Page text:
Nonetheless, successful outreach will call for more strident liberals within the Democratic Party to support the new moral framing of our issues - and not to mistake moral and religious language with moralistic or religious agendas, something they're prone to do. It will also call for Democratic centrists to support a reassertion of core progressive values - and to not equate progressive values with moral relativism, something they're prone to do. In recent years more arch liberals rightly cried against compromising centrists, "We mustn't be 'Republican-lite!'" and the centrists have been right to cry against the arch liberals, "We mustn't be religion-and-values-illiterates." The arch liberals sometimes miss the need for moral and religious framing to connect with voters; the centrists sometimes fail to see that moral and religious framing attracts voters to Republican candidates as much or more than the candidate's conservatism itself.
Howard Dean would probably never attempt to frame a key Democratic issue within a biblical allusion, because he's too smart and intellectually honest to even try. He realizes he would come across as authentically as Pat Robertson demonstrating yoga - or John Kerry pheasant hunting. After all, this is the man who said in a November 2003 Democratic debate, "[I] don't go to church very often. My religion doesn't inform my public policy." But he is giving the Party a chance to rediscover its populist roots and embrace popular values-laden language, to move forward secure in the knowledge that it is not necessarily core Democratic values that voters are rejecting, but our wonkish and sterile messaging that puts policy in place of vision.
When I attended a DNC forum in Manhattan recently, I heard a favorite story of Dean's that illustrates my point. The story, to the best of my memory, is this: At a fundraiser for Dean for America, hosted by a couple in their Virginia home, Dean and his supporters regaled each other about civil and reproductive rights, the separation of Church and State, and other core progressive values. But the room fell silent when a female supporter professed that, as an evangelical Christian, she opposed the "homosexual lifestyle" and was "pro-life." Dean asked her how she could support him - a candidate who supports civil unions for gay Americans and has strong convictions about women's reproductive rights. "Because Evangelical Christians are people of deep convictions," she explained, and Dean demonstrated the courage of his convictions, even if she disagreed with some of them. She said that as an evangelical, she would support for President only someone who, if crisis befell the nation, "will stand up and do what they think is right."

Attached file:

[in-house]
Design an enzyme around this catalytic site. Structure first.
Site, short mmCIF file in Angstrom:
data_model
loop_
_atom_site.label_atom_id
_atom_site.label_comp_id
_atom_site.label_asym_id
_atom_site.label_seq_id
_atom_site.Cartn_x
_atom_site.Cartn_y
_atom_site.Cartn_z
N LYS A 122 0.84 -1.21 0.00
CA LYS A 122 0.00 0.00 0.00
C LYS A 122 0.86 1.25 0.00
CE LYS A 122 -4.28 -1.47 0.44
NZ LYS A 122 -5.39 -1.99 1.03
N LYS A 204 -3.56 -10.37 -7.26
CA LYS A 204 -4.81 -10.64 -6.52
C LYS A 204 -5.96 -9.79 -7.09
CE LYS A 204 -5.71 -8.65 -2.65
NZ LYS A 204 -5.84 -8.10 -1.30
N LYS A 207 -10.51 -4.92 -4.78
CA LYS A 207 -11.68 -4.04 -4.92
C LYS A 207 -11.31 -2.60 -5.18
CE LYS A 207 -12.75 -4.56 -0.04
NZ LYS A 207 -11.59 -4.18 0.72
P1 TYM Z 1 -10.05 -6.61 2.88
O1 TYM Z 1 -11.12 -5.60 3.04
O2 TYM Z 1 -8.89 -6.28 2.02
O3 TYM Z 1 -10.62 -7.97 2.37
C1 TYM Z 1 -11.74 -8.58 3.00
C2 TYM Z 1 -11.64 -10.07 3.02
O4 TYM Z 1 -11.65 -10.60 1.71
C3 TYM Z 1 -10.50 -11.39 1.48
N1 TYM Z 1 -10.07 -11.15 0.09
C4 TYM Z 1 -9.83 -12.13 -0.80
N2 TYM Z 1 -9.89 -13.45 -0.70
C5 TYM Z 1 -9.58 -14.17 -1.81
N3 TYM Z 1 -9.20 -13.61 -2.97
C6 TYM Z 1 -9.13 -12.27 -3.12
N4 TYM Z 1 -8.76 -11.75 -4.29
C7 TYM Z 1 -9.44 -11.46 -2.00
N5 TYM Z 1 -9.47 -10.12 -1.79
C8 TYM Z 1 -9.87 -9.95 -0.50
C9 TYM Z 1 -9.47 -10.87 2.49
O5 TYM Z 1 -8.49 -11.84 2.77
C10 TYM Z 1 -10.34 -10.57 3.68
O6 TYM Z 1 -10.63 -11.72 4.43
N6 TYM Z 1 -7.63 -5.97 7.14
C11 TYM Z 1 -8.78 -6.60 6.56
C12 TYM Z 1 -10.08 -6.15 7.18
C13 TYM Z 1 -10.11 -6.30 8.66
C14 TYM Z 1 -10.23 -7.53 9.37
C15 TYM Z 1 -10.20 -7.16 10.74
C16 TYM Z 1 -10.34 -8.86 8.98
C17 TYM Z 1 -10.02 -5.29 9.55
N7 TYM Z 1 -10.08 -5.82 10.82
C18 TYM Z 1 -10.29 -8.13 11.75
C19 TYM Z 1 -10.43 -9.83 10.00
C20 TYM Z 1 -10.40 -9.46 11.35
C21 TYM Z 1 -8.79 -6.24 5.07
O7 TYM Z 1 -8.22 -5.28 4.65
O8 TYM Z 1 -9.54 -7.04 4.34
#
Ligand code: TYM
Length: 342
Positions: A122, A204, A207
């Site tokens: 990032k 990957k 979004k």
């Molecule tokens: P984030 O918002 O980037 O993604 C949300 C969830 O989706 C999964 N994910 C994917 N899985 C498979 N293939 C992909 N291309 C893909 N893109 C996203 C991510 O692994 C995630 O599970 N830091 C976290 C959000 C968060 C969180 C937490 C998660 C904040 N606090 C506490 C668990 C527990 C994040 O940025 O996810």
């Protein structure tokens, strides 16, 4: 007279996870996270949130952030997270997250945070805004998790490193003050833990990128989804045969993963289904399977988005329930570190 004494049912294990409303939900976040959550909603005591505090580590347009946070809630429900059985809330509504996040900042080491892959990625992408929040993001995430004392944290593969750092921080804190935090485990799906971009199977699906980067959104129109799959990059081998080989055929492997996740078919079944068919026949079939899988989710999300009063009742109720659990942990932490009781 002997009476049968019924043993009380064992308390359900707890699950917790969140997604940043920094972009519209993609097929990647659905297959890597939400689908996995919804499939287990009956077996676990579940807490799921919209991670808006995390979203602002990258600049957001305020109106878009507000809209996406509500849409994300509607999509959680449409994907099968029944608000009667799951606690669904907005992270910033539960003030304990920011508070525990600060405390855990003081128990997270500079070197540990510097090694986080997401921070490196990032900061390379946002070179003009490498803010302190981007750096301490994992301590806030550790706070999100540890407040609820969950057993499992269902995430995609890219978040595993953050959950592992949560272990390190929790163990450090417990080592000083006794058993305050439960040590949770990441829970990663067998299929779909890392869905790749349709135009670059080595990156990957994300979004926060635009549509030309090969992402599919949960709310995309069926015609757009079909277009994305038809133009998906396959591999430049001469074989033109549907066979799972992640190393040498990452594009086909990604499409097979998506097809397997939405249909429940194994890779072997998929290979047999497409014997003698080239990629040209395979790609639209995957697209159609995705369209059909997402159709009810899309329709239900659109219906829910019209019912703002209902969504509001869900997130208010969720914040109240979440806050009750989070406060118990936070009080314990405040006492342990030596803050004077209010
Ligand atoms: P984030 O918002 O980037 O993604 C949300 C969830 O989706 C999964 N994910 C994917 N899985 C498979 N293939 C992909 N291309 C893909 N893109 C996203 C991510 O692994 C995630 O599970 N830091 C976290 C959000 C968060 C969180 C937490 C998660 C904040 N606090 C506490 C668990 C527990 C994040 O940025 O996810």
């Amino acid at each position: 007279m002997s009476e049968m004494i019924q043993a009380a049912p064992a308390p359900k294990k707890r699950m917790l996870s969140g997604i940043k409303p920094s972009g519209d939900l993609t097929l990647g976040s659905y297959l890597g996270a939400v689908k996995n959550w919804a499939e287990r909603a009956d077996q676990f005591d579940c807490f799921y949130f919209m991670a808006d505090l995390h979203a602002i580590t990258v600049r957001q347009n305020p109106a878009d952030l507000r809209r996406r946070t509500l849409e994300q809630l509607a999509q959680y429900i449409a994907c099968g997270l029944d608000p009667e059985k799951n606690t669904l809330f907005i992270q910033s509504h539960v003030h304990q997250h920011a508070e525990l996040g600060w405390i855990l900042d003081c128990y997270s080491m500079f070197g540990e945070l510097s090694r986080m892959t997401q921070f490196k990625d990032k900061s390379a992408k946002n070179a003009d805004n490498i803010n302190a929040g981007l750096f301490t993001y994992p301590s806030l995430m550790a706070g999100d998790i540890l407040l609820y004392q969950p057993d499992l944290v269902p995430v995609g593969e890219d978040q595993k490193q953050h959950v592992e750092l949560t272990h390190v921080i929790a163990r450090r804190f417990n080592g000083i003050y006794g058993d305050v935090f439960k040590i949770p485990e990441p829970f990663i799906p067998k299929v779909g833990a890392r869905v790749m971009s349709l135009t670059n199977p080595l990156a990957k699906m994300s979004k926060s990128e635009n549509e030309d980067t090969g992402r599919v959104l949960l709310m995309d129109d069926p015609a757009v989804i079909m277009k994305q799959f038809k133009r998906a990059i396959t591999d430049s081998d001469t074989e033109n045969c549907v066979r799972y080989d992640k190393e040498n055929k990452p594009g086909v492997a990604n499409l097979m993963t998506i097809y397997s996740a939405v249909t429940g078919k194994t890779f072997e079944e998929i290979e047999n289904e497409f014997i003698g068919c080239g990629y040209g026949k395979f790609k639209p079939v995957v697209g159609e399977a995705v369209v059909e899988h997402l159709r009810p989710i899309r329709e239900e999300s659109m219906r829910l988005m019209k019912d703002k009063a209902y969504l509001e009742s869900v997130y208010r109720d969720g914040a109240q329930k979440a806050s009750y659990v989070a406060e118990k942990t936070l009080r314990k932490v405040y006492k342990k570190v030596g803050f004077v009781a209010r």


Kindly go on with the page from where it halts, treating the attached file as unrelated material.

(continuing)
Conviction. Moral values. Such things are not popularly associated with Democrats. In part it is because rightwing vandals of radio, TV, and print misrepresent our Party and disfigure our candidates' records. But, it is also because we let them get away with it! As Gore Vidal once said, "It takes two to make an accident," and Democrats have themselves to blame as much as rightwing fat cats or conservative evangelicals for the GOP coming as close as it has to political hegemony. It didn't happen overnight, but only after years of sweat and tears on the part of conservatives, only after hundreds of millions of dollars and many years of investment in conservatism itself - think tanks, campus leadership training, communications research, and grassroots programs.
Dean is reminding us that Democrats can do the same. We can invest in progressivism itself and meet Americans at their point of need, at points of resonance, to take progressivism to their dinner tables and reintroduce them to the Democratic Party, to speak their language, to "meet them where they're at" for the sake of improving our shared destinies as Americans.